Aurélie Rivard’s dominance on display at the 2019 Canadian Swimming Trials

22-year-old secures gold in 100m para freestyle

Aurélie Rivard looks back towards the result screen as she touches the wall first in Lane 4.
Aurélie Rivard looks back towards the result screen as she touches the wall first in Lane 4. She went on to win the Women’s 100m Freestyle Para at the 2019 Canadian Swimming Trials with a time of 59.88.  Wesley Cheng photo

Aurélie Rivard entered Thursday with intentions of beating herself.

She fell short of her own personal best — but still emerged victorious in the race.

Rivard won the S10 category in the women’s 100m freestyle multi-class, with a time of 59.88 seconds, at the 2019 Canadian Swimming Trials inside the Toronto Pan Am Sports Centre (TPASC).

On a scale from S1 to S10, the degree of disability peaks at S1.

The 22-year-old holds the S10 world record time of 59.17 seconds, set at the 2015 Parapan American Games in Toronto.

“I’m always happy to get under a minute,” said Rivard, in the media zone after her race. “It doesn’t happen that often, so that was a good swim.”

It was a dominant performance. The native of Saint-Jean-sur-Richelieu, Quebec, cleared the next best time in her category by 7.12 seconds, set by 15-year-old Arianna Hunsicker.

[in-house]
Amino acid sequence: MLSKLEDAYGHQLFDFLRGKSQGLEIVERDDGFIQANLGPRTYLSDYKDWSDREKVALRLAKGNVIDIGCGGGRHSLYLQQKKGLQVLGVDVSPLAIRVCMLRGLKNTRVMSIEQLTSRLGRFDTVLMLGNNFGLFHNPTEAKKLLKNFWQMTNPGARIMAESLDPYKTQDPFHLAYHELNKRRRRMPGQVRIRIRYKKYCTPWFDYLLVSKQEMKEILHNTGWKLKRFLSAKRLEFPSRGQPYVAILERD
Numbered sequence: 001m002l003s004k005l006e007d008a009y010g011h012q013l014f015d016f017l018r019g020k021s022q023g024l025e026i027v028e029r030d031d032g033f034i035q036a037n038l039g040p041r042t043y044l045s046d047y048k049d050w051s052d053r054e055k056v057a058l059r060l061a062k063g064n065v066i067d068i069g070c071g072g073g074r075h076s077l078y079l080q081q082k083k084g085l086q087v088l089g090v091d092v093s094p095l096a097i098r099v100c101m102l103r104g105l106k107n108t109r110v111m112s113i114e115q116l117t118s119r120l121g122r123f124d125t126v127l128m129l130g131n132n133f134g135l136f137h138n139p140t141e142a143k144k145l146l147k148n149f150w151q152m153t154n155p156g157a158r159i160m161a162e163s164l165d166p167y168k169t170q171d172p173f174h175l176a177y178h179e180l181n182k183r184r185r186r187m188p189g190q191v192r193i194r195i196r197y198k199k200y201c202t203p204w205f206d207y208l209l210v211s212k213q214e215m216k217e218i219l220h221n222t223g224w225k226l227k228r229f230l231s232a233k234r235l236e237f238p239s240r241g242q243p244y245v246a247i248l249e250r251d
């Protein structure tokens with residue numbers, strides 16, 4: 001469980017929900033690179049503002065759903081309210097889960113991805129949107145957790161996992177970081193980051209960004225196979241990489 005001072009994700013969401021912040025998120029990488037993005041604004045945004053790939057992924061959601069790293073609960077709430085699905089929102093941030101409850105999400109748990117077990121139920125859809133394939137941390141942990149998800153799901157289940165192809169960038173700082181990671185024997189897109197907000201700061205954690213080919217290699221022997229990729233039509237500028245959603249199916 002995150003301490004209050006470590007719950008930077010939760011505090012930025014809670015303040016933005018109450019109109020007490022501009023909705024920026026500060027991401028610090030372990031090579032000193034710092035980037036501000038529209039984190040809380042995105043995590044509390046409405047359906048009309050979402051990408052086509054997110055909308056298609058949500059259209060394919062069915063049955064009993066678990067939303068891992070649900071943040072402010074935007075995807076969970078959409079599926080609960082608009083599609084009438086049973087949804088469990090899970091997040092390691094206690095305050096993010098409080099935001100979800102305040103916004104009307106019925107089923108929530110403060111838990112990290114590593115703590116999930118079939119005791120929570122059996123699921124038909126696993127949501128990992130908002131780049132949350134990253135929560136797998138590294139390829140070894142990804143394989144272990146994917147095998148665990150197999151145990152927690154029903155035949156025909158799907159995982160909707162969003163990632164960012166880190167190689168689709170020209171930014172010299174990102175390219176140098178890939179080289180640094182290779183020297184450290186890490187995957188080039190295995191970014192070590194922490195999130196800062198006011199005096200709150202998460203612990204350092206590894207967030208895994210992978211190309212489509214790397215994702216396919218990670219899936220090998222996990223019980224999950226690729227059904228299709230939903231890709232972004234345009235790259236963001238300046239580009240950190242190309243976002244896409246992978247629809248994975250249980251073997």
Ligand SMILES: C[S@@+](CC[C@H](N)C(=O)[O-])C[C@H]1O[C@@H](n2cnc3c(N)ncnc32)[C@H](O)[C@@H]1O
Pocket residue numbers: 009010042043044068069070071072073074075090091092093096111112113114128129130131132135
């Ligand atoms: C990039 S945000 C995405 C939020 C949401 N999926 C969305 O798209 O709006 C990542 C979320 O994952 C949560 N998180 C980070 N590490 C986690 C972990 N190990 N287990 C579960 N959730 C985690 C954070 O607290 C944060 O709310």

Rivard, already with three golds and one silver medal at the Rio 2016 Paralympic Games, has her eyes set on being the world’s very best in her classification.

“I’ve been trying since the day I broke it. It’s actually harder than I thought. But that’s my main focus, especially going into this summer,” said Rivard.

The future of competition is bright, as fellow S10 competitor, Hunsicker, finished in fourth place overall with a 1:07.00 time.

Katarina Roxon, an S9 competitor, came second in multi-class with a time of 1:08.61 and beat her preliminary time of 1:10.37.

Rivard is becoming more confident in her abilities and hopes to pass on the lessons she’s learned along the way. It’s been a path of personal growth and acceptance.

“I’ve been struggling with (confidence) forever. If I understood the meaning of trusting myself earlier, I would’ve saved so much negativity in my life. Just believe in yourself and trust yourself,” Rivard said.

At 22-years-old, she is beginning to grasp what it means to be a professional swimmer.

“I think it’s important, in that specific area, to be selfish and to think about what’s good for you—not for others, not pleasing other people,” Rivard explained, referring to past experiences of being doubted.

After a successful race in the 100m freestyle, Rivard will also compete in the 50m and 400m freestyle multi-class swimming events in the coming days.

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Posted: Apr 5 2019 7:36 am
Filed under: Parasports Sports Swimming